Developing hospice-enabled dementia care in Cheshire

Categories: Care.

Across Cheshire, as with many parts of the country, there is a diverse range of services and support for people with dementia, with little consistency in the approach to end of life care.

A population-based needs assessment undertaken in Cheshire in 2013/14 (funded by Dementia UK) highlighted the need for new approaches to support local people affected by dementia at the end of their lives.

Due to the scale of local need – Cheshire has an older demographic and therefore a higher prevalence of dementia – the hospices and local commissioners felt that a practice development approach would be more cost-effective than a clinical service delivery model.

And so a working group set to work designing and implementing a new dementia end of life practice development team, based on this research.

The new team is led by Sian Harrison, a social worker, who leads on service development and team coordination. Other members of the team include:

  • an education lead, who responds to educational needs and develops training packages
  • an allied health professional, who provides support on swallowing problems and communication issues
  • an admiral nurse (a specialist mental health nurse) who educates carers and professionals in end of life dementia care
  • a business support officer, who provides administrative support and acts as the main point of contact for the team.

The team focuses primarily on supporting services which already provide care and support for people with advanced dementia, including care homes and primary care providers.

Training, service development and building links

So far, the team has developed a range of training days which are accessible to all health and social care staff. Training ranges from a one-day dementia end of life awareness course to a five-day BSc and MSc module.

In addition to this, they have provided bespoke training sessions for practice nurses, district nurses, dementia link nurses, dementia reablement carers, GPs and CQC inspectors. These are responsive to the learning needs of different services and use a facilitative approach to learning, based on real case studies.

The team is also developing an educational programme for families/carers and is linking with local carers’ groups to provide training and support. They are also encouraging the development of carers’ support groups in care homes.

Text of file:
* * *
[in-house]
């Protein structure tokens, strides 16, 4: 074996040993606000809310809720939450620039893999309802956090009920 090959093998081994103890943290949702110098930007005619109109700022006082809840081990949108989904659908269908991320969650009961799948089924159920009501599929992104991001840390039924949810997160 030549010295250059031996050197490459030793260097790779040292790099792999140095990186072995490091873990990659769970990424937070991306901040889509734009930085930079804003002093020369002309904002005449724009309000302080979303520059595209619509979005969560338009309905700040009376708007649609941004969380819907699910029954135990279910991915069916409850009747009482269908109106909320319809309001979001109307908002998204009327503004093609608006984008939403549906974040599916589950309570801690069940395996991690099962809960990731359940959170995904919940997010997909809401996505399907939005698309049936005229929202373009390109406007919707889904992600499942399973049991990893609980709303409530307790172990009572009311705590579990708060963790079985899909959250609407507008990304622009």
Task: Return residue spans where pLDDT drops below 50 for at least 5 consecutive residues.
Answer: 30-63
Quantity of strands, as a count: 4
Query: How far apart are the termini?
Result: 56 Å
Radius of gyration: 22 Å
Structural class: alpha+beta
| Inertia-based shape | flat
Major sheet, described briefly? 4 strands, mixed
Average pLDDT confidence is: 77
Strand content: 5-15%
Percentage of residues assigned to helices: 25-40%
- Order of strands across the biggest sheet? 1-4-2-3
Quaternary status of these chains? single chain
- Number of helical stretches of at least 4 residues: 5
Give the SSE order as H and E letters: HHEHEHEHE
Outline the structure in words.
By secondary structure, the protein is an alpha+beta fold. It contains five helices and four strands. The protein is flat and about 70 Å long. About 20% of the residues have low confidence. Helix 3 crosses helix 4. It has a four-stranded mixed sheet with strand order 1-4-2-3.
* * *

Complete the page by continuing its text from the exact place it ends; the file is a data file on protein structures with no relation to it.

Service development is also a key element of their work. The team has supported the delivery of the Amber Care Bundle on a ward in the local hospital and the use of an anticipatory care plan to prevent unnecessary hospital admissions in pilot sites around the area.

The team has also contributed to dementia care pathway groups at local hospitals and is part of the local dementia action alliance.

The links the team has made across three local clinical commissioning groups (CCGs) is helping to promote good practice and share learning across different organisations. Links with the two local hospices is also helping the hospices to become ‘dementia friendly’.

Funding the new team

During 2014, East Cheshire Hospice and St Luke’s Cheshire Hospice formed a new alliance called ‘Hospices Together’ to act as a catalyst for innovation in transforming end of life experience.

Through Hospices Together the hospices are funding the new dementia end of life practice development team for the first two years.

Three CCGs – Eastern Cheshire, Vale Royal and South Cheshire – have agreed to pick up the costs of the new team after this. Strong engagement with commissioners has been critical to ensuring funding for the new team is embedded in commissioning priorities.

Additionally, Dementia UK is funding an admiral nurse post for 12 months and hospices worked with local mental health trust on a secondment opportunity to fill this position.


The development of the new team has not been without challenges.

The skill set required of individual team roles are complex and there was a limited numbers of suitable applicants. This led to a required broadening of the person specification for the allied health professional role (initially this was a speech and language therapist role) and working with local mental health trust to secure a secondment for the admiral nurse position.

The hospices are funding a service evaluation that is being undertaken by the End of Life Partnership, in conjunction with University of Liverpool. As limited validated tools are available to secure evidence of outcome and impact of a practice development model of intervention, the evaluators need to work closely with team members to find creative approaches to evidence impact.

Siobhan has also written for ehospice on what she has learnt through working on hospice-driven projects, such as this one, and the factors which can lead to (or hinder) success.

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